Consequently, using image analysis to understand the deformed state of the chair under load is where the Azure Percept device has enormous potential. The camera-enabled system on module (SoM) provides an extra dimension of instrumenting such an experimental setup as motion tracking of various critical locations can help with better understanding of the structural response.


Image Capture


The simplified schedule of the experiment in the loop workflow is that a representative structural durability block is applied to the instrumented chair that simulates some portion of the life of the physical chair out in the wild.

The load actuator receives feedback signals from a variety of sensors to control its motion to simulate the various load cases that were obtained from the real-world loading conditions that were captured earlier in the process.

Figure 2 illustrates one of the primary signals (load feedback) used to control the experiment in the loop as a function of cycle number (in more simplistic terms, device usage intensity vs. usage duration). This was characterized for a number of different types of structural loading (5 types shown in Figure 2).

Figure 2 - Load signals vs. cycle for 5 different types of structural loading.


Each of these types of loading have either different loading intensity, a different load direction, or both, which using the theory of superposition could allow interpolation of all load cases which are combinations of each through the superimposed response of each case. Images of an LED array affixed to various parts of the structure were captured using the Eye SoM and used for subsequent image analysis to track the motion of key features in an absolute sense (displacement tracking), as well as relative to one another (mode shape detection), to determine and correlate the intensity and type of loading that is being observed throughout the experiment. This is then used as feedback to the experimental control to replicate conditions that lead to accelerated wear of the structure to highlight product deficiencies and areas for future optimization.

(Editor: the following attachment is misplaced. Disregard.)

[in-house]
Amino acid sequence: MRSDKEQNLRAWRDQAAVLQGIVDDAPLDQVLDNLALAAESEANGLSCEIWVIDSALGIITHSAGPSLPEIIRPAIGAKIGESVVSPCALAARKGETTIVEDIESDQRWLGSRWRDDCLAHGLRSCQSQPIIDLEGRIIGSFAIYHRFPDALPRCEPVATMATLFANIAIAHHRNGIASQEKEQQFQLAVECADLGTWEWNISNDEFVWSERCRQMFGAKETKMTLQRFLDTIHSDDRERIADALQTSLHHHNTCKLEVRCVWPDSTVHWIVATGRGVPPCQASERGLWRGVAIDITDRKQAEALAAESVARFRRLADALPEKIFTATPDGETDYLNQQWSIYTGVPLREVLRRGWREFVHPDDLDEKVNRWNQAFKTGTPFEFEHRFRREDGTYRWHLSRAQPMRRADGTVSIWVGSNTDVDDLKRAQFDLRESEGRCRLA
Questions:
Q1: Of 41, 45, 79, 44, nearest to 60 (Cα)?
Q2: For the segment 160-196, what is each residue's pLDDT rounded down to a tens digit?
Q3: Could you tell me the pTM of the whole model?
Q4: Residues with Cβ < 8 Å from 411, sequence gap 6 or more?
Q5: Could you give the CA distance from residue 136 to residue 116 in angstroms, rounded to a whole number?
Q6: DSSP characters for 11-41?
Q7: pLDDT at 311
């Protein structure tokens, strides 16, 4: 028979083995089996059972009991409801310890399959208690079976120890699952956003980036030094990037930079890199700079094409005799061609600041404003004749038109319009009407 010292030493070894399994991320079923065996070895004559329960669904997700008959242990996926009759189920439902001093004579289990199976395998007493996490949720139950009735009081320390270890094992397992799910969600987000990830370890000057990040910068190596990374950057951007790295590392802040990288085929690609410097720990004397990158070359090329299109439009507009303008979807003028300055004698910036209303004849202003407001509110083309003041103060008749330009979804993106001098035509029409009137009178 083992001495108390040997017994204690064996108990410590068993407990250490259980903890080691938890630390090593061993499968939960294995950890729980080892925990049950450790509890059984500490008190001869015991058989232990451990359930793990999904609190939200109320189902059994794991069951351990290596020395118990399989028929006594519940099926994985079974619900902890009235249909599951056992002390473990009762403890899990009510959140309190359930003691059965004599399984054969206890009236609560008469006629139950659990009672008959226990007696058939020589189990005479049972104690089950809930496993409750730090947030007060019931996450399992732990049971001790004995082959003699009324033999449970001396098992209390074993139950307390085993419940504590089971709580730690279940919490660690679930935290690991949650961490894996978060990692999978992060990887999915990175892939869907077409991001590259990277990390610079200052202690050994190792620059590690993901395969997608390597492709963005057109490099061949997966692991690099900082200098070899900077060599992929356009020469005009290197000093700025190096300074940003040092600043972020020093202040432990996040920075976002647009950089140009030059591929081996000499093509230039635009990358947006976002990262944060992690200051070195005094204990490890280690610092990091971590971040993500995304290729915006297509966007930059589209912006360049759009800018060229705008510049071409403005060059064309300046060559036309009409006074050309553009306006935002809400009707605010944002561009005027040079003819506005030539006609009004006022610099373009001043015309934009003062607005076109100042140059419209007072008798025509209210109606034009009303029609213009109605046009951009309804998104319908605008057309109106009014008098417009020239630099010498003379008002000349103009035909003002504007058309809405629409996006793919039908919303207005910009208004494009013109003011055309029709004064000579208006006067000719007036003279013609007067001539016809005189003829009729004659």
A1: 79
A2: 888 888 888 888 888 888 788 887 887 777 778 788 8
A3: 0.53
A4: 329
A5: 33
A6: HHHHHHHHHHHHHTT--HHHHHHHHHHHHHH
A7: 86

Many sets of this type of data were collected for several chairs, to better understand the statistical variation inherent in both the process and the material/structural properties of the chair itself. This repository of data was then analyzed both individually and in aggregate to aid in informed design decisions and accelerated product optimization to improve performance and reduce systemic failure modes.


Image Analysis


The image analysis step is where the optical data obtained from the eye SoM is and then is tracked and registered using a cross correlation technique known as digital image correlation (DIC) which allows for accurate 2D measurements of images, and more usefully, tracking these measurements over time. If a number of datapoints is collected and analyzed to obtain its position, tracking them over time enables one to calculate the “strain” (or change in length) which effectively describes how intense the elongation is within the material which leads to structural failure. Figure 3 illustrates a contour plot, which is generated from an image captured at “peak load” by calculating the engineering strain of several hundred integration points (facets) along the surface to get the entire 2-Dimensional field of interest. This output information is crucial in the next step in the process, which is product optimization where it will be used to enhance the design and limit premature failures.